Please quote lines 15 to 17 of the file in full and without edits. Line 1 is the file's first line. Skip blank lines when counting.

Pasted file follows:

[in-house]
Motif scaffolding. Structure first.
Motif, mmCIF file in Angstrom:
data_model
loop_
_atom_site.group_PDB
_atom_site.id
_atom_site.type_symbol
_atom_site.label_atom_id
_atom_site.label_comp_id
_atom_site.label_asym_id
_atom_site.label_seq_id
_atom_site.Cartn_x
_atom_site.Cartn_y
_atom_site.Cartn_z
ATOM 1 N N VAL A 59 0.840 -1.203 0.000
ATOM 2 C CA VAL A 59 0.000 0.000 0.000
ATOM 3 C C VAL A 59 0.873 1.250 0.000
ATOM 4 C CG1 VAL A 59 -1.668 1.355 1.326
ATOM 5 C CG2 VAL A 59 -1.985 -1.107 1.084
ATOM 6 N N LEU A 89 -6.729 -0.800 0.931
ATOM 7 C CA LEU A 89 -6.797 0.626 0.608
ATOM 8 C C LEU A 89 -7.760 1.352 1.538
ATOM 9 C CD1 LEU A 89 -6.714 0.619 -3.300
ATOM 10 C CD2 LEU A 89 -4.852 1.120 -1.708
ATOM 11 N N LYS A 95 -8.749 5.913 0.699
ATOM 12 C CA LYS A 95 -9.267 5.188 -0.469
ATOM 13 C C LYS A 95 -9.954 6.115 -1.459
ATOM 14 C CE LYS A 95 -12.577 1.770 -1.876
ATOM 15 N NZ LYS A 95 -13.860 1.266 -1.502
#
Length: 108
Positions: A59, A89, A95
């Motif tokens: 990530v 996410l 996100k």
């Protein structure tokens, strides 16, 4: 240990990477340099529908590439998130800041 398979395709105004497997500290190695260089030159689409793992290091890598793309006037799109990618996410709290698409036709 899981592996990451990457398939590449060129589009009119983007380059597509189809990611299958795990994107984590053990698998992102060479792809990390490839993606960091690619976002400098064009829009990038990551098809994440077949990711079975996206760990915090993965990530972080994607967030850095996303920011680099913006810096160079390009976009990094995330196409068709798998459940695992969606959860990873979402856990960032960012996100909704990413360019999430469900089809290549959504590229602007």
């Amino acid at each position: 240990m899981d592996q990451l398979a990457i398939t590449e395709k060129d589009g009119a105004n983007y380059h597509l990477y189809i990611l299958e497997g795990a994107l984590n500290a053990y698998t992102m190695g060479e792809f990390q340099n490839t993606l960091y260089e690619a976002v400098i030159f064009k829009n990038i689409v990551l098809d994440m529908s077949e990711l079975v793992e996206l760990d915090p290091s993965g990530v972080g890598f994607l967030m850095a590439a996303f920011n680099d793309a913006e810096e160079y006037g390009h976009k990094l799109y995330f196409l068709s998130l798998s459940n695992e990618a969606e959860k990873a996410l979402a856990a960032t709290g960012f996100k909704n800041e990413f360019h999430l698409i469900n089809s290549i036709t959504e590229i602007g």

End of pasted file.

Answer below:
_atom_site.Cartn_z
ATOM 1 N N VAL A 59 0.840 -1.203 0.000
ATOM 2 C CA VAL A 59 0.000 0.000 0.000